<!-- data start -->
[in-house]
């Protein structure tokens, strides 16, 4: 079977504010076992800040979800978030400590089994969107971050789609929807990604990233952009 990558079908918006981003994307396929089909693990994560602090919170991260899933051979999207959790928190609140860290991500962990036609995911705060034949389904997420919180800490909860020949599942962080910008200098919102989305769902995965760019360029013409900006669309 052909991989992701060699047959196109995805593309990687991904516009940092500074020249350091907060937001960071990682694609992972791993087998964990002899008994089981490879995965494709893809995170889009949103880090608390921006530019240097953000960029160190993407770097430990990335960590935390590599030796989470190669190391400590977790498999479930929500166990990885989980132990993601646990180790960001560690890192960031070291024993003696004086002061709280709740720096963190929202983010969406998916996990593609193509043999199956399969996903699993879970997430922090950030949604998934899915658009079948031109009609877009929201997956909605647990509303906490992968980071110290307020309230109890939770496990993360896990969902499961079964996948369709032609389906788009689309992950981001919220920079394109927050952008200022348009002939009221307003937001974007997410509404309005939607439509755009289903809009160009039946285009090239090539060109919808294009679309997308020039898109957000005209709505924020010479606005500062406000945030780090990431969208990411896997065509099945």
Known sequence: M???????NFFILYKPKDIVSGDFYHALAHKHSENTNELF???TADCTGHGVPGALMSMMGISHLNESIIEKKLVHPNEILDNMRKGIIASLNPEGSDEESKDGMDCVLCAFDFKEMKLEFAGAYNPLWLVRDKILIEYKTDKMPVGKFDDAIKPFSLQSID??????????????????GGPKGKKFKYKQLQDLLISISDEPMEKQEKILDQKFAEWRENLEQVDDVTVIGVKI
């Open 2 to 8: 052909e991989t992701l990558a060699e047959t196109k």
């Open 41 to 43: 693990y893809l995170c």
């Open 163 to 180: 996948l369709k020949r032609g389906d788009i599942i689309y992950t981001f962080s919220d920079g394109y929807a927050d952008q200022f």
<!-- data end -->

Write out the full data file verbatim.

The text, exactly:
[in-house]
């Protein structure tokens, strides 16, 4: 079977504010076992800040979800978030400590089994969107971050789609929807990604990233952009 990558079908918006981003994307396929089909693990994560602090919170991260899933051979999207959790928190609140860290991500962990036609995911705060034949389904997420919180800490909860020949599942962080910008200098919102989305769902995965760019360029013409900006669309 052909991989992701060699047959196109995805593309990687991904516009940092500074020249350091907060937001960071990682694609992972791993087998964990002899008994089981490879995965494709893809995170889009949103880090608390921006530019240097953000960029160190993407770097430990990335960590935390590599030796989470190669190391400590977790498999479930929500166990990885989980132990993601646990180790960001560690890192960031070291024993003696004086002061709280709740720096963190929202983010969406998916996990593609193509043999199956399969996903699993879970997430922090950030949604998934899915658009079948031109009609877009929201997956909605647990509303906490992968980071110290307020309230109890939770496990993360896990969902499961079964996948369709032609389906788009689309992950981001919220920079394109927050952008200022348009002939009221307003937001974007997410509404309005939607439509755009289903809009160009039946285009090239090539060109919808294009679309997308020039898109957000005209709505924020010479606005500062406000945030780090990431969208990411896997065509099945």
Known sequence: M???????NFFILYKPKDIVSGDFYHALAHKHSENTNELF???TADCTGHGVPGALMSMMGISHLNESIIEKKLVHPNEILDNMRKGIIASLNPEGSDEESKDGMDCVLCAFDFKEMKLEFAGAYNPLWLVRDKILIEYKTDKMPVGKFDDAIKPFSLQSID??????????????????GGPKGKKFKYKQLQDLLISISDEPMEKQEKILDQKFAEWRENLEQVDDVTVIGVKI
């Open 2 to 8: 052909e991989t992701l990558a060699e047959t196109k």
């Open 41 to 43: 693990y893809l995170c």
């Open 163 to 180: 996948l369709k020949r032609g389906d788009i599942i689309y992950t981001f962080s919220d920079g394109y929807a927050d952008q200022f």